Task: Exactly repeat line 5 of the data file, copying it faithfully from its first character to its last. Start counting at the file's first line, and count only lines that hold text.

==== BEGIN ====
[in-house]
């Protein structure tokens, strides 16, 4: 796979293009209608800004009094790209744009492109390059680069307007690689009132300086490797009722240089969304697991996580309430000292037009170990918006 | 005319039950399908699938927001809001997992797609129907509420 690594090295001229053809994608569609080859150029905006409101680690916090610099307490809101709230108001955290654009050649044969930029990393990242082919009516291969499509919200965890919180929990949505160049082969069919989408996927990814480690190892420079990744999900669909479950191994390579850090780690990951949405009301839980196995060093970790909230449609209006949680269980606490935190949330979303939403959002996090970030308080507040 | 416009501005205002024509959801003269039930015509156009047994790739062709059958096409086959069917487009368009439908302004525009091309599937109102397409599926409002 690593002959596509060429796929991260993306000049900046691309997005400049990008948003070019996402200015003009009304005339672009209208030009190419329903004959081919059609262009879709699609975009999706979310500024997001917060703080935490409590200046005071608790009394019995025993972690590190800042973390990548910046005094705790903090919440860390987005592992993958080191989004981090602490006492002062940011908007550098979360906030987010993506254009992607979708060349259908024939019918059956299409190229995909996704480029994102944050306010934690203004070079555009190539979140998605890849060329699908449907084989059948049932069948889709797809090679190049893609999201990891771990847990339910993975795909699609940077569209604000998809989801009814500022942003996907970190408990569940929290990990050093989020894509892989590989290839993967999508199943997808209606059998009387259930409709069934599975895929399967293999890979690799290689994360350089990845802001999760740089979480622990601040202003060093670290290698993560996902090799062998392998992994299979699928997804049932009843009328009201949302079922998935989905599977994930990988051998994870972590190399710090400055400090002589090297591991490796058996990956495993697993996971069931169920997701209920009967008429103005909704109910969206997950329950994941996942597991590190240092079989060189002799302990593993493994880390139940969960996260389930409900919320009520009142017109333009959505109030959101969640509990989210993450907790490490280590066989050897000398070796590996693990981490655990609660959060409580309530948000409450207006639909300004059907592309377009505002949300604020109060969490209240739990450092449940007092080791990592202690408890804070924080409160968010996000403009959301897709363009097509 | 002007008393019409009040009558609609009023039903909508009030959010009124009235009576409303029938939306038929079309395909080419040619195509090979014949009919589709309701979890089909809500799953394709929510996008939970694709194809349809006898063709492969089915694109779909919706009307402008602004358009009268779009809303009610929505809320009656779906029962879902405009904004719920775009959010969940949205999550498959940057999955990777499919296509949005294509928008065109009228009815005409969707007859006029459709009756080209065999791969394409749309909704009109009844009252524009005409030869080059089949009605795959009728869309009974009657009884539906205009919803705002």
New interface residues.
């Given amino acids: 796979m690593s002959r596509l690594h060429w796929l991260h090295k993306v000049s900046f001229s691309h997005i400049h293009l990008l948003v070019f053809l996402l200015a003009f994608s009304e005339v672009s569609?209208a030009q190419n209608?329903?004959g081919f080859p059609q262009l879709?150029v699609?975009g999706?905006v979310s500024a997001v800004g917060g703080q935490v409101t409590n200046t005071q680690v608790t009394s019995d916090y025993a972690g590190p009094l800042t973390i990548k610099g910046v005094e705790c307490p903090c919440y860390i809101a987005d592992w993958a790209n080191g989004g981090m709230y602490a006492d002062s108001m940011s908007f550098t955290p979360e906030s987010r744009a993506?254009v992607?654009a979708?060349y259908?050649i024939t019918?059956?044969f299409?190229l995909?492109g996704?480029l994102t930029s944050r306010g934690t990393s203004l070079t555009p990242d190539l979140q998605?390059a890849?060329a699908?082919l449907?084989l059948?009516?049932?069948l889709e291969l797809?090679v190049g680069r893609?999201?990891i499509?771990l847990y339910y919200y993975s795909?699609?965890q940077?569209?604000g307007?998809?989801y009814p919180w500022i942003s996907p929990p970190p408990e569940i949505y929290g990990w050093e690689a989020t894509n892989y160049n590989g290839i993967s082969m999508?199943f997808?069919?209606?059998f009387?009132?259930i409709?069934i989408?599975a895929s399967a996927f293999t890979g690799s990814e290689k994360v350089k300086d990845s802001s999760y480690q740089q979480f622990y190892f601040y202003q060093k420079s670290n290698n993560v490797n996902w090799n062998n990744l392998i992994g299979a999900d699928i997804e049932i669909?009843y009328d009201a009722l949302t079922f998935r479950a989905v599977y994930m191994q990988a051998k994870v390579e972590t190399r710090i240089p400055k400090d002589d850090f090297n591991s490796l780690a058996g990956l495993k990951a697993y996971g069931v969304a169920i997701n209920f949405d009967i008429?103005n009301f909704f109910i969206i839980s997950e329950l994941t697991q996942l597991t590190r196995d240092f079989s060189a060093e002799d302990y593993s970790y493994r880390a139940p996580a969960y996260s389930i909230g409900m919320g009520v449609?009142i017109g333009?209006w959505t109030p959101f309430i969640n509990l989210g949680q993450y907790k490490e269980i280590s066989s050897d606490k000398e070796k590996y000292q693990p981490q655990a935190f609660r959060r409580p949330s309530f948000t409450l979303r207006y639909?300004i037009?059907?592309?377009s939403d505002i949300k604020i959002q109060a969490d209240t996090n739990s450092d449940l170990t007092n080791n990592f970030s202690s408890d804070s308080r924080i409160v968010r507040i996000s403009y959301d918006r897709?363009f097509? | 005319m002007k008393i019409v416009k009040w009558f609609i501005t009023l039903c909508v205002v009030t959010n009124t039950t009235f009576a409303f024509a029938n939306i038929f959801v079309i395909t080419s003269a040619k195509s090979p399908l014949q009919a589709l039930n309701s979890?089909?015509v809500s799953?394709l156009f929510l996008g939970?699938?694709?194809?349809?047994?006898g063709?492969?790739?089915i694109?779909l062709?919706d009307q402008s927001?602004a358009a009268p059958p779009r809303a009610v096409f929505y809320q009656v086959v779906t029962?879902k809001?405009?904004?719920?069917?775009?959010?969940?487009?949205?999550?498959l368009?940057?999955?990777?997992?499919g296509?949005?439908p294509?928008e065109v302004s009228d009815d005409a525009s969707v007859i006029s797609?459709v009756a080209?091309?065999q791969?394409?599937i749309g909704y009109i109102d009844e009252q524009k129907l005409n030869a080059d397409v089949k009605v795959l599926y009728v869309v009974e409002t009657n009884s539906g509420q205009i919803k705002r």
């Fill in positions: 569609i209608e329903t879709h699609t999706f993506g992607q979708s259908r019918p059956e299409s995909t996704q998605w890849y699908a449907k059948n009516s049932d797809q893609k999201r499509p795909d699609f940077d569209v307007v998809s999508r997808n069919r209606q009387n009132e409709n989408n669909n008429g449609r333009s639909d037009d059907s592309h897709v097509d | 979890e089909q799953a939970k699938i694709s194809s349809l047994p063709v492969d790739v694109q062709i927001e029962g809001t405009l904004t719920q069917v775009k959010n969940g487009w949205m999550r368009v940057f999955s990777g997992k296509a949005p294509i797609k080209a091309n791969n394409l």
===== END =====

């Fill in positions: 569609i209608e329903t879709h699609t999706f993506g992607q979708s259908r019918p059956e299409s995909t996704q998605w890849y699908a449907k059948n009516s049932d797809q893609k999201r499509p795909d699609f940077d569209v307007v998809s999508r997808n069919r209606q009387n009132e409709n989408n669909n008429g449609r333009s639909d037009d059907s592309h897709v097509d | 979890e089909q799953a939970k699938i694709s194809s349809l047994p063709v492969d790739v694109q062709i927001e029962g809001t405009l904004t719920q069917v775009k959010n969940g487009w949205m999550r368009v940057f999955s990777g997992k296509a949005p294509i797609k080209a091309n791969n394409l």